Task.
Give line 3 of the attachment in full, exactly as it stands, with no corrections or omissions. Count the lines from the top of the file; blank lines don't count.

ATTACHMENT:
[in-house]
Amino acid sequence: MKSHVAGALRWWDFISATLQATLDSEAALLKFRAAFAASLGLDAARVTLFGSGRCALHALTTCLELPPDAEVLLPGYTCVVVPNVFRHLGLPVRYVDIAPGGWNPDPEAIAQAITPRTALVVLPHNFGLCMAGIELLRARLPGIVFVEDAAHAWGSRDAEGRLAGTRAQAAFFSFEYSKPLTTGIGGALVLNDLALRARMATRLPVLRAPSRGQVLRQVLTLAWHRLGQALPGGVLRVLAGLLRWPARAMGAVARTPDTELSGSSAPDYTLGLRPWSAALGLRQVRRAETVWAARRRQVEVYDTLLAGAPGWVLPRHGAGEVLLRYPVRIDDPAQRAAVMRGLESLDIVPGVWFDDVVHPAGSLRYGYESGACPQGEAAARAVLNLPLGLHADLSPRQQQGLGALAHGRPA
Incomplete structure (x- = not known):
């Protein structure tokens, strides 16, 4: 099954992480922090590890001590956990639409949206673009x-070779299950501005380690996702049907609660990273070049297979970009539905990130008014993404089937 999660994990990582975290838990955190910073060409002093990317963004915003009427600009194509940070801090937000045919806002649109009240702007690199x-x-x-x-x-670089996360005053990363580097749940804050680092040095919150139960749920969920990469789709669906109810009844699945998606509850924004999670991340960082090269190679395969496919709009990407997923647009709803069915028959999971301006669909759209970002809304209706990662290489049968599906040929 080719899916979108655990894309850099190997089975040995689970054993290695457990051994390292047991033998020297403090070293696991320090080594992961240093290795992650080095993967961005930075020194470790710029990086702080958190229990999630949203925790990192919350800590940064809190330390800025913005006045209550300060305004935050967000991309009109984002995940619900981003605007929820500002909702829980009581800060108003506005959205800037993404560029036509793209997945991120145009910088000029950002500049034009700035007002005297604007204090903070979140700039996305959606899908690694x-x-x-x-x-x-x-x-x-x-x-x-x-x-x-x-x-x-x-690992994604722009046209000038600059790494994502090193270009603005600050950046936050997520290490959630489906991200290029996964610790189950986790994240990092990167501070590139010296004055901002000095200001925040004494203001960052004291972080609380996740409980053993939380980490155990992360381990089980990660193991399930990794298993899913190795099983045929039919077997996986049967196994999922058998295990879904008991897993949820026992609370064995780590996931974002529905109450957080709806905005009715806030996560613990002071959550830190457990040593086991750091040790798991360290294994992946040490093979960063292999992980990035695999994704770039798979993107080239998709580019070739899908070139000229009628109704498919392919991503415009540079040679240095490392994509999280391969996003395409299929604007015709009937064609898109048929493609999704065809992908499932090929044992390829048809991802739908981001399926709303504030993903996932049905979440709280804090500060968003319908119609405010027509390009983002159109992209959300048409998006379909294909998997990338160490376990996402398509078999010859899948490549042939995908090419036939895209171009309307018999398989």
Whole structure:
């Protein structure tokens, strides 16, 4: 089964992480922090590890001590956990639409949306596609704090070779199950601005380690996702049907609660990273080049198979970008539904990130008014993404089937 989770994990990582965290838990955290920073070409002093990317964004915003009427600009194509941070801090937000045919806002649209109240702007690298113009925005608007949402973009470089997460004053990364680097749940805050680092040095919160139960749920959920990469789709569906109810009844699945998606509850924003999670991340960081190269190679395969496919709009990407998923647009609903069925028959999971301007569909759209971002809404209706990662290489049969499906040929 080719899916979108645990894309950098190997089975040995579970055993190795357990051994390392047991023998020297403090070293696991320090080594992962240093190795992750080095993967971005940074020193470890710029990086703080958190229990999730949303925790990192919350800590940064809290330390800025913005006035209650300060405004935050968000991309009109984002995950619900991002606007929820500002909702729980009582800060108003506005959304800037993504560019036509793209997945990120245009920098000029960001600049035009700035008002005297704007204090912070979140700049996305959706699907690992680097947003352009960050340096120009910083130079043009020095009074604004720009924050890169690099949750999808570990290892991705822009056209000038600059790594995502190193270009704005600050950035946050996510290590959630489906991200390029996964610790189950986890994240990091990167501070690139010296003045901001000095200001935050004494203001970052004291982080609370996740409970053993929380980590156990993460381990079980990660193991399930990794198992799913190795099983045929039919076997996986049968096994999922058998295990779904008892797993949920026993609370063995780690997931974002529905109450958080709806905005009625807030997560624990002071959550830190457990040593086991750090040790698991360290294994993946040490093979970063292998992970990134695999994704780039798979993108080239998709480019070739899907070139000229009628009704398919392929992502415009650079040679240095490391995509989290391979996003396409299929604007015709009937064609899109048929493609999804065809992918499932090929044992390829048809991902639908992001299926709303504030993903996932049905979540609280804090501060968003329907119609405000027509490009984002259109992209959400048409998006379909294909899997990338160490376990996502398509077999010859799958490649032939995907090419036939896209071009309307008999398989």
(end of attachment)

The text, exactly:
Incomplete structure (x- = not known):